The lengths of lumber a machine's cuts are normally distributed with a mean of 89 inches and a standard deviation of 0.7 inch. (a) What is the probability that a randomly selected board cut by the machine has a length greater than 89.24 inches? (b) A sample of 37 boards is randomly selected. What is the probability that their mean length is greater than 89.24 inches?

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From the information given, we know that the lengths of lumber (denoted by the random variable X) are normally distributed with a mean (`\mu` ) of 89 inches and a standard deviation (`\sigma` ) of 0.7 inches. Thus, X ~ N(`\mu` = 89, `\sigma` = 0.7).

a) We want P(X...

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From the information given, we know that the lengths of lumber (denoted by the random variable X) are normally distributed with a mean (`\mu` ) of 89 inches and a standard deviation (`\sigma` ) of 0.7 inches. Thus, X ~ N(`\mu` = 89, `\sigma` = 0.7).

a) We want P(X > 89.24).

To find this probability using the standard normal distribution tables available here, we must first find the Z score of X using the following formula `Z = \frac{X - \mu}{\sigma}` = `\frac{89.24 - 89}{0.7}` = 0.34 (to 2 decimal places).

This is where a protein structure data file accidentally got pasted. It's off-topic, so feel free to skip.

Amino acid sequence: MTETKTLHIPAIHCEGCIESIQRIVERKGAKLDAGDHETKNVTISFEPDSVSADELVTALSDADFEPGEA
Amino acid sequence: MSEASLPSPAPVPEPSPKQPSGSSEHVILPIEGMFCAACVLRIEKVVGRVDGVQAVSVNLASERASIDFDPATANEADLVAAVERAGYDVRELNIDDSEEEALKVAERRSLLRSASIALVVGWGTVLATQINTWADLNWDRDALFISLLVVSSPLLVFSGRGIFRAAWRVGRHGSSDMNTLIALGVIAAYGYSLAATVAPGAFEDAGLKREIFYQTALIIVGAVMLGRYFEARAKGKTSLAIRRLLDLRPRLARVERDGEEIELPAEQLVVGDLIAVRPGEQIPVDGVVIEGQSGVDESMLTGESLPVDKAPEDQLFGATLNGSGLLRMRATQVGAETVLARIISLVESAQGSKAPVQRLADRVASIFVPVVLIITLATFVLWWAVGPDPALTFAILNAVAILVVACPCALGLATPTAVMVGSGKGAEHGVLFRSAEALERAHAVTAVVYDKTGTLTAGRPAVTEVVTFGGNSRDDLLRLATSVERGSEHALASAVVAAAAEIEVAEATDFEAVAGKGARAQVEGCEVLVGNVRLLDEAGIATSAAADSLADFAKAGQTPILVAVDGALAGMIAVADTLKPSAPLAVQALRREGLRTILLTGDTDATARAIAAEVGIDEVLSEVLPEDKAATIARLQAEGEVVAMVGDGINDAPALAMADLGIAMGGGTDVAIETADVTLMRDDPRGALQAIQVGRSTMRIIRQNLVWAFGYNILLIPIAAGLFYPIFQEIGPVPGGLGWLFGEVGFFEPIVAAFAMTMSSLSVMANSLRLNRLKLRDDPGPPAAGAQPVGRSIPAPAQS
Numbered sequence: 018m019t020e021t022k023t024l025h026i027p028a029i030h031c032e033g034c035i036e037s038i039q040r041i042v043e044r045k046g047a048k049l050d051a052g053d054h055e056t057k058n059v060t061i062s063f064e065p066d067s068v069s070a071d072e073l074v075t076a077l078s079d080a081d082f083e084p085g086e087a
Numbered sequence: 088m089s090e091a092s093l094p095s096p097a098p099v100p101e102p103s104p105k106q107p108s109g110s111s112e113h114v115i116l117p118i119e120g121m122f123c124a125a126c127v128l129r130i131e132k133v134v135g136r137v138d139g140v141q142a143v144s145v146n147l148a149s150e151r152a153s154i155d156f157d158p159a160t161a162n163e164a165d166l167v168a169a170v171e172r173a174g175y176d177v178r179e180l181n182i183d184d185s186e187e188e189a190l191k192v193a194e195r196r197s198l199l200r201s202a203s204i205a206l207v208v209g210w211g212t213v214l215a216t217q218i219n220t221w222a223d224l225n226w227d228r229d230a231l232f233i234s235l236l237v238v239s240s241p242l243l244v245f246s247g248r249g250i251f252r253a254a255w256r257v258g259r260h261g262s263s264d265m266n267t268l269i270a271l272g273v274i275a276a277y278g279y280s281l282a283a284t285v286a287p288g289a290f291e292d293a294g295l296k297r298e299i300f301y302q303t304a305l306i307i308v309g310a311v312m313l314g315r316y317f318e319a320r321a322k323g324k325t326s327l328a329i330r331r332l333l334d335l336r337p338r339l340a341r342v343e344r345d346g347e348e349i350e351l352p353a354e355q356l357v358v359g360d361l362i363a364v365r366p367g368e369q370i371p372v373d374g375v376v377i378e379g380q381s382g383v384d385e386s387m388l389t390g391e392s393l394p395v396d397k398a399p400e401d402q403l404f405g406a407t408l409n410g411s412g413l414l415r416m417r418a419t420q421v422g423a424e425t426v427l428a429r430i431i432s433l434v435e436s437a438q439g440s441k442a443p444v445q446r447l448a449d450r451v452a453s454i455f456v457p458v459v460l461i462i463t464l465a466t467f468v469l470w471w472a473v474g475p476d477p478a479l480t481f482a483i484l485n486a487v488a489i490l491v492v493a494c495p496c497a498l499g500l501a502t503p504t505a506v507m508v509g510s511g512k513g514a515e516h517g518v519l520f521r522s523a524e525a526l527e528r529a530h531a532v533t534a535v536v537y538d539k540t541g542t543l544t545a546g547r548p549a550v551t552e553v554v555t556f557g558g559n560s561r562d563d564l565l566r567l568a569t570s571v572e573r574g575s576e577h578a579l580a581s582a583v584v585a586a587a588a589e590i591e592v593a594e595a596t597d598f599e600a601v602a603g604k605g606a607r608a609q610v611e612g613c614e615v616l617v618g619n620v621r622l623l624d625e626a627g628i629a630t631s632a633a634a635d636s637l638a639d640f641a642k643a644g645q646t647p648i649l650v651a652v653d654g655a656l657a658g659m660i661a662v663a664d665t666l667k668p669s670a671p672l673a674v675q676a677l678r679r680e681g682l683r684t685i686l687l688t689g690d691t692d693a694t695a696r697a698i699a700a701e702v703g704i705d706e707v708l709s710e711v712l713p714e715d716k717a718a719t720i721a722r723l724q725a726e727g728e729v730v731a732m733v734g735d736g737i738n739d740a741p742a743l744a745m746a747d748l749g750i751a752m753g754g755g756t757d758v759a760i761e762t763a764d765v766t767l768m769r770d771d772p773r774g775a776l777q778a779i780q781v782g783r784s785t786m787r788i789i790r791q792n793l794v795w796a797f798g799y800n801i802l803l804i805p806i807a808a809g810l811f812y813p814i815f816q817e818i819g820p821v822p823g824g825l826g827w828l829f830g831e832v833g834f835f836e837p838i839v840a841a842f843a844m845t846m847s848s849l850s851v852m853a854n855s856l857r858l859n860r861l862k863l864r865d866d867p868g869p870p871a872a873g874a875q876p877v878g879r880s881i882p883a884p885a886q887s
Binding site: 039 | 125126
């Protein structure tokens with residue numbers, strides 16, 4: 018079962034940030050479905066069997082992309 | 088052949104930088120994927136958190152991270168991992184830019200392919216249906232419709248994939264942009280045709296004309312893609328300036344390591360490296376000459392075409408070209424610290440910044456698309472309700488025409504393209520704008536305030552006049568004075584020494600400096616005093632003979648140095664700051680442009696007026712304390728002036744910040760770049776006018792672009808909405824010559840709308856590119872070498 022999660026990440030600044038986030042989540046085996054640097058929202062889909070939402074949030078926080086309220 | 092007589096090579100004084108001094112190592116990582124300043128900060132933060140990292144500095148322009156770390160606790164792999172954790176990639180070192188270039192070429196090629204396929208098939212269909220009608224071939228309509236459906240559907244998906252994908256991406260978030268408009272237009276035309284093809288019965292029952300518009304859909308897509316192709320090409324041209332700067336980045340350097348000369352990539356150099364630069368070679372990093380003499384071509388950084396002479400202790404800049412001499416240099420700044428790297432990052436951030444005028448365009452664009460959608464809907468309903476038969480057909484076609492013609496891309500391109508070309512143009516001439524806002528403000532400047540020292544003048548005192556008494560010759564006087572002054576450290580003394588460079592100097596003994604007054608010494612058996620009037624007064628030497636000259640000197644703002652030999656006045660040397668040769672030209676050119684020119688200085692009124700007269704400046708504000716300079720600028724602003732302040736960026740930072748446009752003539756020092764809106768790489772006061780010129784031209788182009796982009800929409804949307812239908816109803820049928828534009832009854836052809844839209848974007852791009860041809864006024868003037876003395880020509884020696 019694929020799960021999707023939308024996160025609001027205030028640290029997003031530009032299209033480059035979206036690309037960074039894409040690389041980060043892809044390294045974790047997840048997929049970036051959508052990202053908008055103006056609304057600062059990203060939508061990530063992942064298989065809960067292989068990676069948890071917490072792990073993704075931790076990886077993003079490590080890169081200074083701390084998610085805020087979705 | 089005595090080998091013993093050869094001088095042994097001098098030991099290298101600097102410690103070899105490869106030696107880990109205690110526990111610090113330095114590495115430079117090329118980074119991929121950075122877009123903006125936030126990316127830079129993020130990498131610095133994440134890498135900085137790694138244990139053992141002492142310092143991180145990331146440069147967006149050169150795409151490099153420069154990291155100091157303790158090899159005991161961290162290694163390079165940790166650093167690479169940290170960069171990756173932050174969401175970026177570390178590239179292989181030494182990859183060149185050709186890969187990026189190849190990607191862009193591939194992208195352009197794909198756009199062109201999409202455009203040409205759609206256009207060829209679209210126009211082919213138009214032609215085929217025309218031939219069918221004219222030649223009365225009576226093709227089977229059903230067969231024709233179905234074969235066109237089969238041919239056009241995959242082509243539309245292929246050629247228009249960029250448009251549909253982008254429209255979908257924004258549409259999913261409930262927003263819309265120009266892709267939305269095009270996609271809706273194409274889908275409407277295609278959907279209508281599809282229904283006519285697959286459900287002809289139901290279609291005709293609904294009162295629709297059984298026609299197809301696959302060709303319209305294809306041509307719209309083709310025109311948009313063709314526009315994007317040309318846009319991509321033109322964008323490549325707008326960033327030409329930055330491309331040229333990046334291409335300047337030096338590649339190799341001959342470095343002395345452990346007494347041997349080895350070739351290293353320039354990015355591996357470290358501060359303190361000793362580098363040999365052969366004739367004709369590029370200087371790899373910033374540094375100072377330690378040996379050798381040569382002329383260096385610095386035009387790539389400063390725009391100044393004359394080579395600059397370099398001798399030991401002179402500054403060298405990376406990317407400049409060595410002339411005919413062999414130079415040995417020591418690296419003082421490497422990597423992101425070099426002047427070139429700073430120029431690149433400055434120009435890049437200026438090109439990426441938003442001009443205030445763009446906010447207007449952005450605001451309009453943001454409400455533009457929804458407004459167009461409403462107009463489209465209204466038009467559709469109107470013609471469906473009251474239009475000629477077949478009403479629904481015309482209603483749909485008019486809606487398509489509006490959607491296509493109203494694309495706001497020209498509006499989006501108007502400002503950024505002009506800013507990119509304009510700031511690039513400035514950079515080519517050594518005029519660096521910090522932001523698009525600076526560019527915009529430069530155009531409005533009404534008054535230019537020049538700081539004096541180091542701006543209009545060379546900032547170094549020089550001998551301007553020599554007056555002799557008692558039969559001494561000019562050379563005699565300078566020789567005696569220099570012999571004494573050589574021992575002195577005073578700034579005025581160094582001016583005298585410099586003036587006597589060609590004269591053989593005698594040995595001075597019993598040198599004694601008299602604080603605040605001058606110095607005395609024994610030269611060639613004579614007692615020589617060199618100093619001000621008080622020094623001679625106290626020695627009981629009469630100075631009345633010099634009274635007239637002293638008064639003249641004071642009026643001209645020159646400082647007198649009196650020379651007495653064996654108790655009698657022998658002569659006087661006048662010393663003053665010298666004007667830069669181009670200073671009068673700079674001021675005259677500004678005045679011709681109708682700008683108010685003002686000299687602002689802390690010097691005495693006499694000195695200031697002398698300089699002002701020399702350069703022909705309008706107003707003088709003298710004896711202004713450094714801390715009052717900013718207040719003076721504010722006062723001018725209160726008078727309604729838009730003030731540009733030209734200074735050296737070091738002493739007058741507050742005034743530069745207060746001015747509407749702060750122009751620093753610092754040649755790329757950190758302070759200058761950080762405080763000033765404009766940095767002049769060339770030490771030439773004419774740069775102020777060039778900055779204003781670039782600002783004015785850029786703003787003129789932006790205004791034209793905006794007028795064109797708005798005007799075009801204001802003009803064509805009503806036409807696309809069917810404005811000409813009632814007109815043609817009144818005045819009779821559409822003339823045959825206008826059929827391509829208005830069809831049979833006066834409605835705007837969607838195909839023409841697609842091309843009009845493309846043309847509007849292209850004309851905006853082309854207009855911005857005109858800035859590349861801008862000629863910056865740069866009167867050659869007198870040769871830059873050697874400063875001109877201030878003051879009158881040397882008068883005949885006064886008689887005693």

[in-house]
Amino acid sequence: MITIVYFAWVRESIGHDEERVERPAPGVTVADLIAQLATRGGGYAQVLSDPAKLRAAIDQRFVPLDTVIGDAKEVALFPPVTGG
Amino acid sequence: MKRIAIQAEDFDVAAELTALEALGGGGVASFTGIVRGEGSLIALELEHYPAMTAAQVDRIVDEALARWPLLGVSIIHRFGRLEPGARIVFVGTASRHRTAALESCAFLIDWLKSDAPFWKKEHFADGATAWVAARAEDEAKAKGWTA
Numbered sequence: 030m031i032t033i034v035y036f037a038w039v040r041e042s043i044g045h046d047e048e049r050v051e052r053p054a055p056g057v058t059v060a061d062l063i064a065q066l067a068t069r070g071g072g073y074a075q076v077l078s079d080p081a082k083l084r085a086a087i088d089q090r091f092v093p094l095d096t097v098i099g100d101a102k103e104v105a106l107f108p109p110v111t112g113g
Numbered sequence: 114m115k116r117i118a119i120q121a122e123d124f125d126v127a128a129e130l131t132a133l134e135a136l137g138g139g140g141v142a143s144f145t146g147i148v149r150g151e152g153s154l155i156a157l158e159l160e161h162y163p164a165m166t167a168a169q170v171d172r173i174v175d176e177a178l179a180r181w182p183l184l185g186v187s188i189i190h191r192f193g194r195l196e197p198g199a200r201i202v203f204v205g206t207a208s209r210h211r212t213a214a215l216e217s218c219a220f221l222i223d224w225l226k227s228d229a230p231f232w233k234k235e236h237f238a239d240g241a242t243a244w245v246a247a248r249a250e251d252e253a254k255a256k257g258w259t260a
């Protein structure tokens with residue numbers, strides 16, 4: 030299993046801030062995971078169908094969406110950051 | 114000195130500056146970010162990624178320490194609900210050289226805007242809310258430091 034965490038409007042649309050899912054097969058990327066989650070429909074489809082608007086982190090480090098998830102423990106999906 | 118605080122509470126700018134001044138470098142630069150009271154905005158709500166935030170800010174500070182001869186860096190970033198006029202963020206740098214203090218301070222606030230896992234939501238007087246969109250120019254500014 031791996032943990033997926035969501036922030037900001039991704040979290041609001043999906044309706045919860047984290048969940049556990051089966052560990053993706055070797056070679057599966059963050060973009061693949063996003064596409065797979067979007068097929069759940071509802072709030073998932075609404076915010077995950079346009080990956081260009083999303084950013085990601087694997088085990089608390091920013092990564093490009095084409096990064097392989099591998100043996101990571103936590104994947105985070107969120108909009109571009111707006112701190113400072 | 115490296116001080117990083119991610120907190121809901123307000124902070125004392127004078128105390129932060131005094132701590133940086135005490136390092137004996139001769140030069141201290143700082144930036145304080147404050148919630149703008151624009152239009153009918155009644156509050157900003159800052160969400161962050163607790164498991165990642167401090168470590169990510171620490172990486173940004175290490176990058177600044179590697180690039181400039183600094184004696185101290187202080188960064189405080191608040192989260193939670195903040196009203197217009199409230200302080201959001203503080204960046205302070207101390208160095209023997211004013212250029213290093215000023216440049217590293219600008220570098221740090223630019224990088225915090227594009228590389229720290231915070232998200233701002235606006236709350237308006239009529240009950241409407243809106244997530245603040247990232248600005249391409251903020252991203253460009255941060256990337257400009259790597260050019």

Thus, we want P(Z > 0.34) = 1 - P(Z < 0.34) = 1 - 0.63307 = 0.36693 (from tables).

Therefore, P(X > 89.24) = 0.3669 (to 4 decimal places).

Alternatively, this probability can be calculated using various programs such as the R statistical program available here.

Using R, the first line of code shown below can be executed to give the solution in the second line:

> pnorm(89.24, mean=89, sd=0.7, lower.tail = FALSE)
[1] 0.365853

b) If X is normally distributed with mean `\mu` and standard deviation `\sigma` , the `\bar{X}` is approximately normally distributed with mean `\mu` and standard error `\frac{\sigma}{\sqrt{n}}` .

We want P(`\bar{X}` >89.24).

The Z score of the sample mean `\bar{X}` is `\frac{\bar{X} - \mu}{\frac{\sigma}{\sqrt{n}}}` = `\frac{89.24 - 89}{\frac{0.7}{\sqrt{37}}}` = 2.09 (to 2 decimal places).

Thus, P(Z > 2.09) = 1 - p(Z < 2.09) = 1 - 0.98169 = 0.01831 (from tables).

Therefore, P(`\bar{X}` > 89.24) = 0.0183 (to 4 decimal places).

Alternatively, this probability can be directly calculated without finding its Z score using the following R code (the first line gives the code to be executed, and the second line gives the solution received):

> pnorm(89.24, mean=89, sd=(0.7/(sqrt(37))), lower.tail = FALSE)
[1] 0.01851113

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